Budget Worries Push Governors to Same Mind-Set
Governors, even Democrats, are speaking a new language:
The dismal fiscal situation in many states is forcing governors, despite their party affiliation, toward a consensus on what medicine is needed going forward.
The prescription? Slash spending. Avoid tax increases. Tear up regulations that might drive away business and jobs. Shrink government, even if that means tackling the thorny issues of public employees and their pensions.
In years past, new governors have introduced themselves in inaugural remarks filled with cheery, soaring hopes; plans for expansions to education, health care and social services; and the outlines of new, ambitious local projects.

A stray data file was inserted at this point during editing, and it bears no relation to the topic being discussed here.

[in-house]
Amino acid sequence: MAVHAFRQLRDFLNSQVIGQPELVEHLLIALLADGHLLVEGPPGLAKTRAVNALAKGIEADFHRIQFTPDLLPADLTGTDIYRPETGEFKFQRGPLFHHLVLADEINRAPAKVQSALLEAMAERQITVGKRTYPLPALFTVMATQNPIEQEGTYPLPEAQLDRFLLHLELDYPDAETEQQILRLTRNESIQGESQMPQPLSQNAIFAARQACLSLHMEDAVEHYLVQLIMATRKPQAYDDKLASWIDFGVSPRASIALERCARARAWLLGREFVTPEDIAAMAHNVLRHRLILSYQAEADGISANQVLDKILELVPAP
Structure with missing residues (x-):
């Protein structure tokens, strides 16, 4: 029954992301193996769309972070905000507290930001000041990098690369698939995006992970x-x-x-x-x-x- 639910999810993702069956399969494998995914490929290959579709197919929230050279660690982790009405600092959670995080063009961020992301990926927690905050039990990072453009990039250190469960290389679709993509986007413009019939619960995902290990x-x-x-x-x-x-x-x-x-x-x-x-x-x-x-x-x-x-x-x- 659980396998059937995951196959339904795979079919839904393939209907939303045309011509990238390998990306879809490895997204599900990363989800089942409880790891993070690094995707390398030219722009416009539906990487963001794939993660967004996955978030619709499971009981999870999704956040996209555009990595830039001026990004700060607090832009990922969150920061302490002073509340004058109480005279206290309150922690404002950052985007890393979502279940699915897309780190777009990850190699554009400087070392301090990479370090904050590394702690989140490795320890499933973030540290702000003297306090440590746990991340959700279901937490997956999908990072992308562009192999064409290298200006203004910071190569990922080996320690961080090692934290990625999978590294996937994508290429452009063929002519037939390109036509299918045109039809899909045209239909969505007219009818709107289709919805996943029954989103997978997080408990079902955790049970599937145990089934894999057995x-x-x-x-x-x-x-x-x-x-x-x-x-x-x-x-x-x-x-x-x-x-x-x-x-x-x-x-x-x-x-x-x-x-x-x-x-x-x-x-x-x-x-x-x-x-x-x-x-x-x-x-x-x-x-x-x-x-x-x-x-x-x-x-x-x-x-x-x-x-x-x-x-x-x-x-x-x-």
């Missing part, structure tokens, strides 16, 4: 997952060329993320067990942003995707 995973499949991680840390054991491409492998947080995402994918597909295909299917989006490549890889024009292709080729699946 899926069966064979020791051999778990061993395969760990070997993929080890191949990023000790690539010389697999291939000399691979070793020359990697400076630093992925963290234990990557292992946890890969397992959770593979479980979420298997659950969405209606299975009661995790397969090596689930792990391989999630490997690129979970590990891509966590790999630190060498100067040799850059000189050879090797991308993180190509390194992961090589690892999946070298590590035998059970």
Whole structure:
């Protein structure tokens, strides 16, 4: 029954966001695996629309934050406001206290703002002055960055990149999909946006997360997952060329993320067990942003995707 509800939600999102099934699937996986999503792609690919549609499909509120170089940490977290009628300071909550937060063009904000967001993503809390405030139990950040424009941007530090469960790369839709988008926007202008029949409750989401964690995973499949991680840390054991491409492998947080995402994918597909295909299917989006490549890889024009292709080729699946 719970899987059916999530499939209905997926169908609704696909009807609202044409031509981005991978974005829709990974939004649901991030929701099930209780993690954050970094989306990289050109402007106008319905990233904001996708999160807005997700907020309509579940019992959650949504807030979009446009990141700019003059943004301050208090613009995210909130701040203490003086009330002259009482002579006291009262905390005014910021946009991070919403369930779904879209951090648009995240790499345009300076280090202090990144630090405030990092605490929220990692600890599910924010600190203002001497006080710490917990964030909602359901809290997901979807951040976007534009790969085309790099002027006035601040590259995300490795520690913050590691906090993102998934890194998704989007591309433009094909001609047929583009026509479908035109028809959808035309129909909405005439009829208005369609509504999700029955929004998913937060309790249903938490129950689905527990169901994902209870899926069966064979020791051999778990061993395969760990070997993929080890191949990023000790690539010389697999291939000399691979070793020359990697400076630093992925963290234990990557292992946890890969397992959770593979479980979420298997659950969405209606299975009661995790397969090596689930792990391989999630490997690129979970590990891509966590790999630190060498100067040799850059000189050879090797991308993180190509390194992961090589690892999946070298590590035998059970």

But an examination of more than two dozen opening addresses of incoming governors in recent days shows that such upbeat visions were often eclipsed by worries about jobs, money and budget gaps. Those speeches are the best indication thus far of the intentions of this class of 37 governors — 26 new and the others re-elected.
"The rhetoric has grown very similar," said Scott D. Pattison, executive director of the nonpartisan National Association of State Budget Officers. "A lot of times, you can't tell if it's a Republican or Democrat, a conservative or a liberal."
January 17, 2011